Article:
Sunday, August 1, 2021

Play

Educators' unions call for efforts to ensure in-person learning keeps students, teachers, families, and staff safe; and an update on hate crimes by state.

Play

Congress passes Capitol security funding; House Freedom Caucus members want Cheney, Kinzinger out of GOP conference; Schumer closes a deal to advance $3.5 trillion reconciliation package; and a new report says investor-owned utilities try to block rooftop solar.

Cities Celebrate Indigenous Peoples' Day: "Let's Call it An Awakening"

Play

Monday, October 10, 2016   

BOZEMAN, Mont. - While some cities recognize Columbus Day Monday, others will be celebrating Indigenous Peoples' Day instead. Dozens of cities across the country, including Bozeman and Missoula, have proclaimed the second Monday of October a city holiday to honor native peoples.

Last March, Mayor Carson Taylor established Indigenous Peoples’ Day in Bozeman. Marsha Small, activist and adjunct professor at Montana State University, took the reins this year to coordinate the celebration. She cautioned against calling the expansion of cities around the country celebrating the holiday a trend.

"I've heard through various media that it's a trend, and I would prefer to stay away from that word,” Small said. "It is not a trend. Let's call it an awakening. It's almost an interpretative paradox of history that Columbus is a hero. That is not so true."

About 6.3 percent of Montana's population is Native American, much higher than the national average of around 2 percent. Events are planned at Montana State University all week to celebrate America's indigenous peoples.

The holiday is, in part, an attempt to illuminate some of the atrocities committed by Christopher Columbus and European settlers when they arrived in America. But Small said the day is not just about remembering the tragic repercussions of Columbus' landing.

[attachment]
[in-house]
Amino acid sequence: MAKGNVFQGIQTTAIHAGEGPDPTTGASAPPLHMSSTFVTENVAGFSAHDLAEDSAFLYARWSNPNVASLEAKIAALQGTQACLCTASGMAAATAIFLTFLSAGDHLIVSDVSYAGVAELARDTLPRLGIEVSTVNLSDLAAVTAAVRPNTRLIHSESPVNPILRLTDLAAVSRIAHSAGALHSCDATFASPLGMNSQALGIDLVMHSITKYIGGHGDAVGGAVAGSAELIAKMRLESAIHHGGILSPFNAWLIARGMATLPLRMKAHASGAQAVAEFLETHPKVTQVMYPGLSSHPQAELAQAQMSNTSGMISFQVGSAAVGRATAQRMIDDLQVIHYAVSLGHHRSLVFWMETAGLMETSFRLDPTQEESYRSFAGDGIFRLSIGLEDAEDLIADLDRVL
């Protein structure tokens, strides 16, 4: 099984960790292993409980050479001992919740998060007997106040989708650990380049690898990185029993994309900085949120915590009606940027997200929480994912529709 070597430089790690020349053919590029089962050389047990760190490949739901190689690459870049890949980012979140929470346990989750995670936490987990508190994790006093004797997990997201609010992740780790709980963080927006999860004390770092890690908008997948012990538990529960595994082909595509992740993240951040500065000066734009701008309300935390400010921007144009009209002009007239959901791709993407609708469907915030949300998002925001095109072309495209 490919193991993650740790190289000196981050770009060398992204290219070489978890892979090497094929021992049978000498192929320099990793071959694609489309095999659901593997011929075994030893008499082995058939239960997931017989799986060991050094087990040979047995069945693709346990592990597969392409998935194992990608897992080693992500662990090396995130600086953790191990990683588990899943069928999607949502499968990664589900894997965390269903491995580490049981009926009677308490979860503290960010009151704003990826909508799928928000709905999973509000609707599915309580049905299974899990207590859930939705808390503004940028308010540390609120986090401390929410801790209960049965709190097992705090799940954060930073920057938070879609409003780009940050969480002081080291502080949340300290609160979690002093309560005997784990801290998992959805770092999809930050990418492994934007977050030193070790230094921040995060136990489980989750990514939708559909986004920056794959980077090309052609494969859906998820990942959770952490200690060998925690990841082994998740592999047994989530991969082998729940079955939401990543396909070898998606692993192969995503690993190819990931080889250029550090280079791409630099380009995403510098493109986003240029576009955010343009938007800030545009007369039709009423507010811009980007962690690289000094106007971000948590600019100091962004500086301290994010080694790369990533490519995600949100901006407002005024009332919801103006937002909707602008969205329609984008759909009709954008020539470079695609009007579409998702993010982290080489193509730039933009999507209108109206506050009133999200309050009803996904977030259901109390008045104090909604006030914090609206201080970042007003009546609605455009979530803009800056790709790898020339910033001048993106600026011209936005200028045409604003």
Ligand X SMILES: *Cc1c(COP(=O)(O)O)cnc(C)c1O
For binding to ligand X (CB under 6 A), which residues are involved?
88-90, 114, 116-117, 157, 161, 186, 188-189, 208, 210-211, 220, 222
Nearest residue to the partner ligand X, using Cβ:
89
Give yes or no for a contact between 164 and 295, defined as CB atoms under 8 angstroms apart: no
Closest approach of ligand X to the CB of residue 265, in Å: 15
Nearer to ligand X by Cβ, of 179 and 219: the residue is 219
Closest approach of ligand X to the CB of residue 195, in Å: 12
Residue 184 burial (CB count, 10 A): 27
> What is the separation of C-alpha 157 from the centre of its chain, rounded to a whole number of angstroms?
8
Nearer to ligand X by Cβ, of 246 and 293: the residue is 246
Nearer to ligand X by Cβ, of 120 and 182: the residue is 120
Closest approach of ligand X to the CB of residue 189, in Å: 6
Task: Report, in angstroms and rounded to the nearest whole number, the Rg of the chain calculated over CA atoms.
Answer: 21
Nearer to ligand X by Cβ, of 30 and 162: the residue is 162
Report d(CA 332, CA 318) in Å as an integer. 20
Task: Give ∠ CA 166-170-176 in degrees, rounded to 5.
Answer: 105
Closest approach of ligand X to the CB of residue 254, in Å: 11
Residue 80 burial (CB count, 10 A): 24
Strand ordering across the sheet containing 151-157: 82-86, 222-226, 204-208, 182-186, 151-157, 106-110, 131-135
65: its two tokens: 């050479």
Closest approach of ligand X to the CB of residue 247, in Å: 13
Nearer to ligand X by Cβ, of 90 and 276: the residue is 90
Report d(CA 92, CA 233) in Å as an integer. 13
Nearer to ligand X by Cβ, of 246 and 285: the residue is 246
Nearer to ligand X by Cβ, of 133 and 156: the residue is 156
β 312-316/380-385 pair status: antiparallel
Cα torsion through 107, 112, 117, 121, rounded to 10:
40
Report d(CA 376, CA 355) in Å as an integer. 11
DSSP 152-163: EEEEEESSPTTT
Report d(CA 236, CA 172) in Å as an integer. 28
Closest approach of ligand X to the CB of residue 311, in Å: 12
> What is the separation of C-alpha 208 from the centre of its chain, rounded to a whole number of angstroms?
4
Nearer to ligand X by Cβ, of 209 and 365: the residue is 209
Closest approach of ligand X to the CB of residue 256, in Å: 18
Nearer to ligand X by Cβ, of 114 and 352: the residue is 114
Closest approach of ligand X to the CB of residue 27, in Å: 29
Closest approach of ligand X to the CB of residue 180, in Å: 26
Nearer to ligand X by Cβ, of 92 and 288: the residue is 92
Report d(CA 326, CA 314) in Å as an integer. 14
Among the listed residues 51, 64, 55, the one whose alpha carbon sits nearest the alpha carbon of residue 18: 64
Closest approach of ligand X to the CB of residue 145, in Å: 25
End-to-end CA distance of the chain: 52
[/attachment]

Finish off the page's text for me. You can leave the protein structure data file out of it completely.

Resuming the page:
"These lands that people are on, it would be good for them to know [the] history of the original inhabitants that lived there,” Small said. "Not just the bad things, but the good things too; to recognize the gifts, the contributions of the indigenous peoples to those areas."

In recent years, cities from Portland to Minneapolis have begun recognizing Indigenous Peoples' Day.

Protests opposing the Dakota Access Pipeline near the Standing Rock Sioux Reservation have recently brought attention to the concerns of Native peoples. Small said members of tribal nations from across the country have traveled to the reservation to stand in solidarity with the tribe.

"Over 200 of them have gone to Standing Rock and showed their support. That is like a United Nations at Standing Rock. That's how significant this is,” she said. "Not only do you have those nations there, those 200 specific and distinct countries, but you have their allies."




get more stories like this via email

In addition to roof repairs and other home improvements to lower utility bills, a Michigan League for Public Policy report recommends expanding utility-shutoff protections to include households with young children. (Adobe Stock)

Environment

LANSING, Mich. - High utility costs are a major burden for Michigan's low-income residents, and a new study says they have an impact on their health…


Environment

TALLAHASSEE, Fla. - A new report shows an effort by investor-owned utilities in the Sunshine State to block the growth of rooftop solar. The …

Health and Wellness

By Troy Pierson / Broadcast version by Mary Schuermann reporting for the Kent State-Ohio News Connection Collaboration. As marijuana becomes more …


In addition to recommending teachers, students and school staff member mask up indoors this fall, new CDC guidelines recommend even vaccinated people wear masks in areas with high COVID case numbers. (Vasyl/Adobe Stock)

Social Issues

BOSTON - Educators' unions are calling on the state to support their efforts to ensure in-person learning in the fall keeps students, teachers…

Social Issues

HARTFORD, Conn. - In Connecticut, more than 460,000 people care for close friends or family members who can't manage on their own - and their …

More than 3 million adults nationwide are at risk of eviction in the next two months, after a federal eviction moratorium expires tomorrow, according to the U.S. Census Bureau's Household Pulse Survey. (HeatherPaque/Pixabay)

Social Issues

ALBUQUERQUE, N.M. - Millions of Americans soon could find eviction notices on their front doors, but New Mexico renters will not be among them - as …

Health and Wellness

CONCORD, N.H. - New Hampshire advocates for affordable healthcare access want Congress to lower prescription costs by allowing Medicare to negotiate …

Social Issues

FREDERICKSBURG, Va. -- With many Virginians still experiencing pandemic-related unemployment, students at a state community college were able to get …

 

Phone: 303.448.9105 Toll Free: 888.891.9416 Fax: 208.247.1830 Your trusted member and audience-supported news source since 1996 Copyright 2021